Join us as we honor our latest exhibition, Disrupting Anti-Blackness: Artists Voicing Truths, curated by Dr. Andrea Queeley and Dr. Valerie Patterson. The opening reception will include food and beverages on the museum's patio and remarks from FIU's MLK Commemorative Celebration Committee. A special performance by dancer A'Keitha Carey will premiere during the event.
A’Keitha Carey is a Bahamian artist, mother, educator, scholar, and activist. She developed the dance technique CaribFunk, a fusion of Afro‐Caribbean, ballet, modern, and fitness principles rooted in Africanist and Euro-American aesthetics and expressions. She received her B.A. in Dance from Florida International University and an M.F.A. in Dance from Florida State University. She also holds a Certificate in Women's Studies from Texas Woman’s University and is currently in the combined MA (African and African Diaspora Studies) and PhD (Global Cultural Studies) program at Florida International University. She researches Caribbean spaces, locating movements that are indigenous, contemporary, and fusion based, investigating how Caribbean cultural performance (Bahamian Junkanoo, Trinidadian Carnival, and Jamaican Dancehall) can be viewed as praxis. She also explores erotic subjectivity and performance in Jamaican Dancehall by women. A’Keitha’s scholarship is focused on CaribFunk, Decolonizing Dance Curriculum in Higher Education, and the Erotic Performances of Women in Caribbean Dance Spheres. She has taught in K-12 and in Higher Education, serving as dance faculty for several universities across the country. A’Keitha is a fitness coach, Group Fitness Instructor and member of Olujimi Dance Theatre.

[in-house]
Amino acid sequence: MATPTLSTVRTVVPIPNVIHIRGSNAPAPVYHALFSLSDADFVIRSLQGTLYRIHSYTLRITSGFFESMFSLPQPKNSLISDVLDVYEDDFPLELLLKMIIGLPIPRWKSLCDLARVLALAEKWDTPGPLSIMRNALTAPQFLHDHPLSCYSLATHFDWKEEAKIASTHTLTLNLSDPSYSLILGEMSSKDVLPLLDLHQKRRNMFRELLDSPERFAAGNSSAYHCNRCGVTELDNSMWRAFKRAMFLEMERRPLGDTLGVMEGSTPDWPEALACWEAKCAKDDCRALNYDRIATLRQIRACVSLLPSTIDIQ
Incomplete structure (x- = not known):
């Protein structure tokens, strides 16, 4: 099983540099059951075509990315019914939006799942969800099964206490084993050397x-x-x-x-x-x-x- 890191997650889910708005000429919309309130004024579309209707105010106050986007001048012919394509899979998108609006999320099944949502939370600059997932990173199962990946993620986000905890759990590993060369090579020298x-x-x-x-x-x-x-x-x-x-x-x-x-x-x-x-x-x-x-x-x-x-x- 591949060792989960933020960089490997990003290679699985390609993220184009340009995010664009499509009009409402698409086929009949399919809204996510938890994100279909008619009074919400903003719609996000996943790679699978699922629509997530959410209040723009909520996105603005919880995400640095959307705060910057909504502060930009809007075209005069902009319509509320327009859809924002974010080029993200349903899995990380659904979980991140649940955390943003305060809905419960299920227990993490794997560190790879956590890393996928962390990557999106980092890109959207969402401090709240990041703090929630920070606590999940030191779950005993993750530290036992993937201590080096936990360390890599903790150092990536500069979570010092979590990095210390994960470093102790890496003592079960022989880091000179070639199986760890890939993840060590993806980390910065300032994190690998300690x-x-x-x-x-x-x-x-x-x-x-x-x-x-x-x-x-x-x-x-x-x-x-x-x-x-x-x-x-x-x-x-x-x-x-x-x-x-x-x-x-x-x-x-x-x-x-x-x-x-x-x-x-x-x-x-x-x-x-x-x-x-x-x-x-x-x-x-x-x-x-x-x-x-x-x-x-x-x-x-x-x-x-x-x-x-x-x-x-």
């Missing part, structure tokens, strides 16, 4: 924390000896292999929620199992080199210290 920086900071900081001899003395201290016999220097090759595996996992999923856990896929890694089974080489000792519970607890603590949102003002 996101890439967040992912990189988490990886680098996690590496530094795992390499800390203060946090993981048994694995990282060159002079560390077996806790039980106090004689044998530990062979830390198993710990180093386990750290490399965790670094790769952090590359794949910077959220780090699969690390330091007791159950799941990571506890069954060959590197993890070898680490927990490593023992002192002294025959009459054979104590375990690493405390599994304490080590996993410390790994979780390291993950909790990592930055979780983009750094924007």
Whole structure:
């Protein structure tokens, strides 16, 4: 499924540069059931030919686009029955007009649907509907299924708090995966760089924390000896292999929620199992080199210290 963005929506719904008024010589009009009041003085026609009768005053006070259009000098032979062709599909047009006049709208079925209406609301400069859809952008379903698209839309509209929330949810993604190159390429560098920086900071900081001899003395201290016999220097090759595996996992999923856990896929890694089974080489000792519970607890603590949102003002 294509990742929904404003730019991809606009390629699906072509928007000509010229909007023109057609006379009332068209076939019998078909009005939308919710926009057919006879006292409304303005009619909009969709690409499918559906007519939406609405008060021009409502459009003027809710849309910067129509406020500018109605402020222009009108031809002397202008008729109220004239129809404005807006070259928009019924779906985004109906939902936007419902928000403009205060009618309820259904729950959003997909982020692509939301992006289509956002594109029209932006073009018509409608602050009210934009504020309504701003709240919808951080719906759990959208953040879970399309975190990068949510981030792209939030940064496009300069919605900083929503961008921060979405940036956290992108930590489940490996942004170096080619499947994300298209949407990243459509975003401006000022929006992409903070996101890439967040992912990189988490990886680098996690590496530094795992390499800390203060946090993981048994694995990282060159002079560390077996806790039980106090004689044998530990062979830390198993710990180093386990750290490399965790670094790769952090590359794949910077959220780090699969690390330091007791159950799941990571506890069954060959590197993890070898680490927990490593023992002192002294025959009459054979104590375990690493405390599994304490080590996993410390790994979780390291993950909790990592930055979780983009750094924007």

Patrick Martinez, Then They Came for Me, 2016, Neon, 20 ½ x 26 inches, Rollins Museum of Art, Gift of Susan and Bob Battaglia and Margie Pabst Steinmetz and Chuck Steinmetz, Image courtesy of the artist and Charlie James Gallery